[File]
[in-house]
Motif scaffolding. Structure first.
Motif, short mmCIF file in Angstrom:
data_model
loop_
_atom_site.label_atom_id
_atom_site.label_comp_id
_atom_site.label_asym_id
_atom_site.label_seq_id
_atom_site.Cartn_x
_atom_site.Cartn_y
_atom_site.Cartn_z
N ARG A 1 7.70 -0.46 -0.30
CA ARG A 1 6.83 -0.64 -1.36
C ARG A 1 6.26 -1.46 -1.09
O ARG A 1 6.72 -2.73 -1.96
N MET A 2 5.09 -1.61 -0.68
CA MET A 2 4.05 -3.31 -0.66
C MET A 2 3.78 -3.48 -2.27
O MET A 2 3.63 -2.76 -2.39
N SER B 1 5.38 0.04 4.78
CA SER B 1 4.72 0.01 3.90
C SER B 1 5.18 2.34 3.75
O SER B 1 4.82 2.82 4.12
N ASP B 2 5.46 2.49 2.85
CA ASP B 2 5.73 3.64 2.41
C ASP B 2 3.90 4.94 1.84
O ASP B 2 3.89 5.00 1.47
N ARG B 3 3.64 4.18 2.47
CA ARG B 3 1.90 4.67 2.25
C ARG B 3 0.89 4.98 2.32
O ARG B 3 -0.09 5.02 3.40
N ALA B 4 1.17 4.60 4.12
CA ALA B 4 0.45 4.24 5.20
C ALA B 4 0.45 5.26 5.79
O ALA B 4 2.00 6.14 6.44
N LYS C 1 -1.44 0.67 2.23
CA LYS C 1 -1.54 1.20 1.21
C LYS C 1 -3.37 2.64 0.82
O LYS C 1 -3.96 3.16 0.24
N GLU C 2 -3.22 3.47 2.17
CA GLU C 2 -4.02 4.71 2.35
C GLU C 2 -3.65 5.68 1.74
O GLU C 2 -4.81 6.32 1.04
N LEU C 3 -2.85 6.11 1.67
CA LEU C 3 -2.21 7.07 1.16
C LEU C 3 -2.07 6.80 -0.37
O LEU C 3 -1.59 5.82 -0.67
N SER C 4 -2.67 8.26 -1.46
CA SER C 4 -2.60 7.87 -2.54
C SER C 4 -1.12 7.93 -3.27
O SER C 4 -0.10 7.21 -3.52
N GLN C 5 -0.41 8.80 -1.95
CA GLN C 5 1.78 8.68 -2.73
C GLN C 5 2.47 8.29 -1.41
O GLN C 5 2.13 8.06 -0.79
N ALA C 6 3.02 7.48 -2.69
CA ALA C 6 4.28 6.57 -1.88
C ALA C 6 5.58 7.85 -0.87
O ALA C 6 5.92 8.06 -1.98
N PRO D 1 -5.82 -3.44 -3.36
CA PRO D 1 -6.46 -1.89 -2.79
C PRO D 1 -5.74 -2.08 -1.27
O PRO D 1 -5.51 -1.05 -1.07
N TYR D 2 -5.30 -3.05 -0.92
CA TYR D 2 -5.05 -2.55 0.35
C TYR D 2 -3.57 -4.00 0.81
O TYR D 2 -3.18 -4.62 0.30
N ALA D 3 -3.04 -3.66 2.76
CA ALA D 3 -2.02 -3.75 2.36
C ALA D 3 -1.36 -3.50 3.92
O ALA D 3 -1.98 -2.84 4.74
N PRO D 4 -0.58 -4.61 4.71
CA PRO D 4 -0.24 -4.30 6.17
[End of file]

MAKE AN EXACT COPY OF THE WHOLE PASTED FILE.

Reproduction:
[in-house]
Motif scaffolding. Structure first.
Motif, short mmCIF file in Angstrom:
data_model
loop_
_atom_site.label_atom_id
_atom_site.label_comp_id
_atom_site.label_asym_id
_atom_site.label_seq_id
_atom_site.Cartn_x
_atom_site.Cartn_y
_atom_site.Cartn_z
N ARG A 1 7.70 -0.46 -0.30
CA ARG A 1 6.83 -0.64 -1.36
C ARG A 1 6.26 -1.46 -1.09
O ARG A 1 6.72 -2.73 -1.96
N MET A 2 5.09 -1.61 -0.68
CA MET A 2 4.05 -3.31 -0.66
C MET A 2 3.78 -3.48 -2.27
O MET A 2 3.63 -2.76 -2.39
N SER B 1 5.38 0.04 4.78
CA SER B 1 4.72 0.01 3.90
C SER B 1 5.18 2.34 3.75
O SER B 1 4.82 2.82 4.12
N ASP B 2 5.46 2.49 2.85
CA ASP B 2 5.73 3.64 2.41
C ASP B 2 3.90 4.94 1.84
O ASP B 2 3.89 5.00 1.47
N ARG B 3 3.64 4.18 2.47
CA ARG B 3 1.90 4.67 2.25
C ARG B 3 0.89 4.98 2.32
O ARG B 3 -0.09 5.02 3.40
N ALA B 4 1.17 4.60 4.12
CA ALA B 4 0.45 4.24 5.20
C ALA B 4 0.45 5.26 5.79
O ALA B 4 2.00 6.14 6.44
N LYS C 1 -1.44 0.67 2.23
CA LYS C 1 -1.54 1.20 1.21
C LYS C 1 -3.37 2.64 0.82
O LYS C 1 -3.96 3.16 0.24
N GLU C 2 -3.22 3.47 2.17
CA GLU C 2 -4.02 4.71 2.35
C GLU C 2 -3.65 5.68 1.74
O GLU C 2 -4.81 6.32 1.04
N LEU C 3 -2.85 6.11 1.67
CA LEU C 3 -2.21 7.07 1.16
C LEU C 3 -2.07 6.80 -0.37
O LEU C 3 -1.59 5.82 -0.67
N SER C 4 -2.67 8.26 -1.46
CA SER C 4 -2.60 7.87 -2.54
C SER C 4 -1.12 7.93 -3.27
O SER C 4 -0.10 7.21 -3.52
N GLN C 5 -0.41 8.80 -1.95
CA GLN C 5 1.78 8.68 -2.73
C GLN C 5 2.47 8.29 -1.41
O GLN C 5 2.13 8.06 -0.79
N ALA C 6 3.02 7.48 -2.69
CA ALA C 6 4.28 6.57 -1.88
C ALA C 6 5.58 7.85 -0.87
O ALA C 6 5.92 8.06 -1.98
N PRO D 1 -5.82 -3.44 -3.36
CA PRO D 1 -6.46 -1.89 -2.79
C PRO D 1 -5.74 -2.08 -1.27
O PRO D 1 -5.51 -1.05 -1.07
N TYR D 2 -5.30 -3.05 -0.92
CA TYR D 2 -5.05 -2.55 0.35
C TYR D 2 -3.57 -4.00 0.81
O TYR D 2 -3.18 -4.62 0.30
N ALA D 3 -3.04 -3.66 2.76
CA ALA D 3 -2.02 -3.75 2.36
C ALA D 3 -1.36 -3.50 3.92
O ALA D 3 -1.98 -2.84 4.74
N PRO D 4 -0.58 -4.61 4.71
CA PRO D 4 -0.24 -4.30 6.17